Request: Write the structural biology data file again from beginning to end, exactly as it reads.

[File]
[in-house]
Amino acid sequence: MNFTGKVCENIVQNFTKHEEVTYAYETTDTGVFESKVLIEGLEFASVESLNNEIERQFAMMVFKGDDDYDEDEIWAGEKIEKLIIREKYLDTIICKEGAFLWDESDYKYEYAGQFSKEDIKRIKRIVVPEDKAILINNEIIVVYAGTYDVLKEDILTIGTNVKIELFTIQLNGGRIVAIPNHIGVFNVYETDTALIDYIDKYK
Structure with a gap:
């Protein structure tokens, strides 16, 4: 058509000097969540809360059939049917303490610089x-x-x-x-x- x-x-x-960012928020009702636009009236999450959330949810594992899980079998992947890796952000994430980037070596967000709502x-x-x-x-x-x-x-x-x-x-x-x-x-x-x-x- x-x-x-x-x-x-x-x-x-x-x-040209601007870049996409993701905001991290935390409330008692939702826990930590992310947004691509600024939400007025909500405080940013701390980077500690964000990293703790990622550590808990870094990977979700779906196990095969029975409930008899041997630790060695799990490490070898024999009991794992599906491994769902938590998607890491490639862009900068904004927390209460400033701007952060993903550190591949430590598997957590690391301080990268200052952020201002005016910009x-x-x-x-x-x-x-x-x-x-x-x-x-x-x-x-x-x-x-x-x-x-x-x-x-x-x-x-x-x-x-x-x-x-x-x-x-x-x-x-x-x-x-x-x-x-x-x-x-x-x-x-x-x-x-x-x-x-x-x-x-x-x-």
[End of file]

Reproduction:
[in-house]
Amino acid sequence: MNFTGKVCENIVQNFTKHEEVTYAYETTDTGVFESKVLIEGLEFASVESLNNEIERQFAMMVFKGDDDYDEDEIWAGEKIEKLIIREKYLDTIICKEGAFLWDESDYKYEYAGQFSKEDIKRIKRIVVPEDKAILINNEIIVVYAGTYDVLKEDILTIGTNVKIELFTIQLNGGRIVAIPNHIGVFNVYETDTALIDYIDKYK
Structure with a gap:
């Protein structure tokens, strides 16, 4: 058509000097969540809360059939049917303490610089x-x-x-x-x- x-x-x-960012928020009702636009009236999450959330949810594992899980079998992947890796952000994430980037070596967000709502x-x-x-x-x-x-x-x-x-x-x-x-x-x-x-x- x-x-x-x-x-x-x-x-x-x-x-040209601007870049996409993701905001991290935390409330008692939702826990930590992310947004691509600024939400007025909500405080940013701390980077500690964000990293703790990622550590808990870094990977979700779906196990095969029975409930008899041997630790060695799990490490070898024999009991794992599906491994769902938590998607890491490639862009900068904004927390209460400033701007952060993903550190591949430590598997957590690391301080990268200052952020201002005016910009x-x-x-x-x-x-x-x-x-x-x-x-x-x-x-x-x-x-x-x-x-x-x-x-x-x-x-x-x-x-x-x-x-x-x-x-x-x-x-x-x-x-x-x-x-x-x-x-x-x-x-x-x-x-x-x-x-x-x-x-x-x-x-």